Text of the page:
Objective: To describe the mandibular rotation and remodeling of younger children.

Materials and Methods: The sample included 43 males and 43 females who participated in the Bolton-Brush Growth Study at Case Western Reserve University in Ohio. They were chosen on the basis of having Class I (n = 45) or Class II (n = 41) molar relationships and longitudinal lateral cephalograms at three developmental stages of the dentition: late primary (T1: 5.7 ± 0.5 y), early mixed (T2: 8.4 ± 0.6 y), and full permanent dentition (T3: 15.4 ± 0.5 y). Each subject's cephalograms were traced and four landmarks were digitized. Cranial base and mandibular superimpositions were performed with the use of natural reference structures.

Results: Yearly rates of true rotation, apparent rotation, and angular remodeling showed significant (P < .05) changes throughout. True rotation was moderately correlated with angular remodeling and apparent rotation. Although no significant sex differences in annual rates of rotation were noted, subjects with Class I molar relationships showed significantly more angular remodeling from T2-T3 than did subjects with Class II molar relationships. Rates of true forward rotation were significantly greater with T1-T2 than with T2-T3 (1.3 and 0.7 degrees/y, respectively).

Conclusion: Although significant amounts of true mandibular rotation and angular remodeling occur during childhood and adolescence, true rotation is greatest during the transition from late primary to early mixed dentition. (Angle Orthod. 2009:79; )

Mandibular rotation includes three components: apparent rotation, which describes the angular change in the mandibular plane relative to the anterior cranial base; angular remodeling, which quantifies remodeling changes in the lower mandibular border; and true rotation, which refers to rotation of the mandibular body relative to the anterior cranial base that can be assessed only with the use of stable mandibular reference structures.1 The mandible undergoes only limited amounts of apparent rotation because larger amounts of true rotation are typically camouflaged by angular remodeling.2–5 

True mandibular rotation provides important information for an understanding of facial growth changes.6 It has been related directly to both the direction and the amount of condylar growth, with increasing amounts of true forward rotation associated with greater and more anterior condylar growth.2–5,7 Greater true forward rotation has been associated with greater decreases in the gonial angle,8,13–15 more horizontal displacement of the chin,16–19 greater increases in posterior facial height,4,5 smaller increases in relative anterior facial height,4,5,12,26 and greater reductions in the ANB and mandibular plane angles.9 True forward rotation also has been associated with bony modeling changes, including increased deposition at the posterior ramus, increased resorption at the posterior lower border of the ramus, and increased deposition at the anterior lower border.21,22 Increased amounts of true forward rotation also have been related to greater mesial migration of the molars, greater molar than incisor eruption, and greater incisor proclination.5,23 Depending on the location of the mandible's center of rotation, excessive true forward rotation can give rise to a deep bite malocclusion.6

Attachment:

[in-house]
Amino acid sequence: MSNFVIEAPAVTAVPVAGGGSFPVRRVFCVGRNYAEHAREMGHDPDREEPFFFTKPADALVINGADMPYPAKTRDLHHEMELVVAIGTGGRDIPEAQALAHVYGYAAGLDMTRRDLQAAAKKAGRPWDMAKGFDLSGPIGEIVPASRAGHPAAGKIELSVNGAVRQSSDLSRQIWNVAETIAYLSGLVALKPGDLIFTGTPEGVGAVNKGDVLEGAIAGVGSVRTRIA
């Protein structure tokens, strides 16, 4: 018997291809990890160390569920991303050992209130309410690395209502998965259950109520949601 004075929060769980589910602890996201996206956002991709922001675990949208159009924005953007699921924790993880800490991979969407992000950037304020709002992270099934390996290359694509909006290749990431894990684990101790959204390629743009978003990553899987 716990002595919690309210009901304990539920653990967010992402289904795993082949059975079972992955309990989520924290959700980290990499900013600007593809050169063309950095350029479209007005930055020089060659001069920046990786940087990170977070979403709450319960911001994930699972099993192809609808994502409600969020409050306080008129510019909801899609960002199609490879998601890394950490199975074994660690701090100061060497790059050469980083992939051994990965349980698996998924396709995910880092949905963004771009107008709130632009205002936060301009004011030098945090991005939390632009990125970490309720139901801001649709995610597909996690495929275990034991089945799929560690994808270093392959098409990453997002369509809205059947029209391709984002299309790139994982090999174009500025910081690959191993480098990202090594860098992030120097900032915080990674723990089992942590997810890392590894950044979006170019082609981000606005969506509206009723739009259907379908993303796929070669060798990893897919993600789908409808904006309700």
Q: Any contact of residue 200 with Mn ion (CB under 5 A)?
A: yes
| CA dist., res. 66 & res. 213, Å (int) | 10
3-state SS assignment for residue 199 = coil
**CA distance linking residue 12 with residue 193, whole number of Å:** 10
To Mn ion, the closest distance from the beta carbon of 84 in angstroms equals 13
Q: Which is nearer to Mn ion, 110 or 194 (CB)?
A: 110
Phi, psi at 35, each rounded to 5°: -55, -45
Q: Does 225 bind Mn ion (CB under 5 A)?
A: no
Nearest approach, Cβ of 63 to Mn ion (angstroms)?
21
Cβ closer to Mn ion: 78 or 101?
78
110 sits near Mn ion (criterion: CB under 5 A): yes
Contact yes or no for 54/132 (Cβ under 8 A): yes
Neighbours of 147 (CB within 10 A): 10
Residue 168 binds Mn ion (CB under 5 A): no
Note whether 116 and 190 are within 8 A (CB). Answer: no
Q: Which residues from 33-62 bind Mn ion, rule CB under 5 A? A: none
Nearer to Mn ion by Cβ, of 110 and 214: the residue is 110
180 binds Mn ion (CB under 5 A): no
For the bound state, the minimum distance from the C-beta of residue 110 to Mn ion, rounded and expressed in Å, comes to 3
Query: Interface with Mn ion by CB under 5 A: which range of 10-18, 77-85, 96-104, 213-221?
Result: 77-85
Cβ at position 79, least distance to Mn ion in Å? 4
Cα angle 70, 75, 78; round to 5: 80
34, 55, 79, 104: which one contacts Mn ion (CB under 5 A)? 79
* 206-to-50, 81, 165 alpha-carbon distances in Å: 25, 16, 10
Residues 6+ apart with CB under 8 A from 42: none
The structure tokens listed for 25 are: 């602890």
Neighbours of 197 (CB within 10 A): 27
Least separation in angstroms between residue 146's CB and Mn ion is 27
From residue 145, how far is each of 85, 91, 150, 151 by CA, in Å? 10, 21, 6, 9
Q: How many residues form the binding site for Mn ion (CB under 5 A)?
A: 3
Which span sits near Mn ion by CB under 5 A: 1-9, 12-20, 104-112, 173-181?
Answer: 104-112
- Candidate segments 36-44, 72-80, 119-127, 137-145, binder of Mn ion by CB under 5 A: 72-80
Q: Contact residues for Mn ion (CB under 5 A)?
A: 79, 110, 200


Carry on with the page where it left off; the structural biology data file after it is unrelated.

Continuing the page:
The mandible typically rotates in a forward direction, with greater rates of true rotation noted during childhood than during adolescence (Table 1). Skieller et al7 reported an average change of 1.0 degree/y during the 6 years surrounding the pubertal growth spurt. Ødegaard8 showed that the mandible rotates forward 0.8 degree/y in subjects 7 to 14 years of age; Lavergne and Gasson9 reported 0.9 degree/y forward rotation between 7 and 19 years of age. Based on longitudinal data, Spady et al10 reported 0.9 degree/y of true forward rotation per year between 6 and 11 years and 0.4 degree/y between 11 and 15 years of age. Miller and Kerr11 also reported higher rates of true rotation during childhood (1.3 degrees/y) than during adolescence (0.4 degree/y). Karlsen12 showed similar rates of true forward mandibular rotation (1.3 degree/y) during childhood (6 to 12 y) and adolescence (12 to 15 y), perhaps related to the age spans of the samples.

Table 1.

Annual Rates (degree/yr) of True Rotation, Apparent Rotation, and Angular Remodeling

Annual Rates (degree/yr) of True Rotation, Apparent Rotation, and Angular Remodeling
Annual Rates (degree/yr) of True Rotation, Apparent Rotation, and Angular Remodeling

To date, no study has been specifically designed to evaluate the true rotation and remodeling that occur during the transition from late primary to early mixed dentitions. On the basis of limited data, Spady and coworkers9 have suggested that greater rates of true rotation occur during the transition from late primary to early mixed dentition than during later childhood or adolescence. The relatively high rates of true rotation reported by Miller and Kerr11 for children 5 to 10 years of age might have been, at least partially, associated with dental changes that occurred. Unfortunately, neither study selected samples on the basis of dental development.

Given the potentially important growth and remodeling implications, the primary purpose of this study was to describe true mandibular rotation and remodeling during the transition from late primary to early mixed dentition. To determine relative magnitudes, these early changes will be compared with later rotational changes.